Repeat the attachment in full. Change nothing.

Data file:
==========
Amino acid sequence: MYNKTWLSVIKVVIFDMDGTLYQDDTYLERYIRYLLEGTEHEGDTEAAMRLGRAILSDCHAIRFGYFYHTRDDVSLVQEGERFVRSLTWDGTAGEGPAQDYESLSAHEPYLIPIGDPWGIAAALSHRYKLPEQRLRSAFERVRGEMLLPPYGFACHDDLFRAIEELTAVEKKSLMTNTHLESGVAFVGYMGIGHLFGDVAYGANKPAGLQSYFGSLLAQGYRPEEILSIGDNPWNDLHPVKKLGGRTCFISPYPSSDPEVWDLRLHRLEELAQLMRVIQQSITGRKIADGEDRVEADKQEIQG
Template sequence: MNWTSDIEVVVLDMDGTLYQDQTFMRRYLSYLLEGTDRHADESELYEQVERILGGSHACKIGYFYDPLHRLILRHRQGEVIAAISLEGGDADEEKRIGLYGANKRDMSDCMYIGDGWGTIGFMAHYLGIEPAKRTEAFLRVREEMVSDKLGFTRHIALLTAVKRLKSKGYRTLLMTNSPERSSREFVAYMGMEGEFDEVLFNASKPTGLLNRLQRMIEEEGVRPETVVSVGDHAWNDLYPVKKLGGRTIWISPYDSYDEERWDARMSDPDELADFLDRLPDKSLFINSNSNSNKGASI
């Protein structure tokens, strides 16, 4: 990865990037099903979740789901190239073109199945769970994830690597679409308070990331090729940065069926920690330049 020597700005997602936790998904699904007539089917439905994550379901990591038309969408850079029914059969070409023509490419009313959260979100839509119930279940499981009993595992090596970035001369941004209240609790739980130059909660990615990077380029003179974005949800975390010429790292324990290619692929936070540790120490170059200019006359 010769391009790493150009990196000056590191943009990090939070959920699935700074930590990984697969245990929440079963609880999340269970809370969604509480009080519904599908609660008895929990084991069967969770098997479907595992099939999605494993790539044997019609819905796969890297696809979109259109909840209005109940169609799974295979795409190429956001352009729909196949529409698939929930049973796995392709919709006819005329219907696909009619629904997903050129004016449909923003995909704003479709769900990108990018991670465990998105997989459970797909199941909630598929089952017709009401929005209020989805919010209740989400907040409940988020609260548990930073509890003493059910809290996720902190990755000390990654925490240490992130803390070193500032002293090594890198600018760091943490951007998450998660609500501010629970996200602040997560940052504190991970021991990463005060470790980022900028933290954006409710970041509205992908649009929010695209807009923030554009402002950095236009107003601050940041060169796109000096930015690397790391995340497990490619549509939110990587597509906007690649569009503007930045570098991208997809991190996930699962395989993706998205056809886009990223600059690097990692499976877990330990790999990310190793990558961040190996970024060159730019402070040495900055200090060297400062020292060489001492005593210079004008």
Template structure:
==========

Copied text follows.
Amino acid sequence: MYNKTWLSVIKVVIFDMDGTLYQDDTYLERYIRYLLEGTEHEGDTEAAMRLGRAILSDCHAIRFGYFYHTRDDVSLVQEGERFVRSLTWDGTAGEGPAQDYESLSAHEPYLIPIGDPWGIAAALSHRYKLPEQRLRSAFERVRGEMLLPPYGFACHDDLFRAIEELTAVEKKSLMTNTHLESGVAFVGYMGIGHLFGDVAYGANKPAGLQSYFGSLLAQGYRPEEILSIGDNPWNDLHPVKKLGGRTCFISPYPSSDPEVWDLRLHRLEELAQLMRVIQQSITGRKIADGEDRVEADKQEIQG
Template sequence: MNWTSDIEVVVLDMDGTLYQDQTFMRRYLSYLLEGTDRHADESELYEQVERILGGSHACKIGYFYDPLHRLILRHRQGEVIAAISLEGGDADEEKRIGLYGANKRDMSDCMYIGDGWGTIGFMAHYLGIEPAKRTEAFLRVREEMVSDKLGFTRHIALLTAVKRLKSKGYRTLLMTNSPERSSREFVAYMGMEGEFDEVLFNASKPTGLLNRLQRMIEEEGVRPETVVSVGDHAWNDLYPVKKLGGRTIWISPYDSYDEERWDARMSDPDELADFLDRLPDKSLFINSNSNSNKGASI
């Protein structure tokens, strides 16, 4: 990865990037099903979740789901190239073109199945769970994830690597679409308070990331090729940065069926920690330049 020597700005997602936790998904699904007539089917439905994550379901990591038309969408850079029914059969070409023509490419009313959260979100839509119930279940499981009993595992090596970035001369941004209240609790739980130059909660990615990077380029003179974005949800975390010429790292324990290619692929936070540790120490170059200019006359 010769391009790493150009990196000056590191943009990090939070959920699935700074930590990984697969245990929440079963609880999340269970809370969604509480009080519904599908609660008895929990084991069967969770098997479907595992099939999605494993790539044997019609819905796969890297696809979109259109909840209005109940169609799974295979795409190429956001352009729909196949529409698939929930049973796995392709919709006819005329219907696909009619629904997903050129004016449909923003995909704003479709769900990108990018991670465990998105997989459970797909199941909630598929089952017709009401929005209020989805919010209740989400907040409940988020609260548990930073509890003493059910809290996720902190990755000390990654925490240490992130803390070193500032002293090594890198600018760091943490951007998450998660609500501010629970996200602040997560940052504190991970021991990463005060470790980022900028933290954006409710970041509205992908649009929010695209807009923030554009402002950095236009107003601050940041060169796109000096930015690397790391995340497990490619549509939110990587597509906007690649569009503007930045570098991208997809991190996930699962395989993706998205056809886009990223600059690097990692499976877990330990790999990310190793990558961040190996970024060159730019402070040495900055200090060297400062020292060489001492005593210079004008």
Template structure: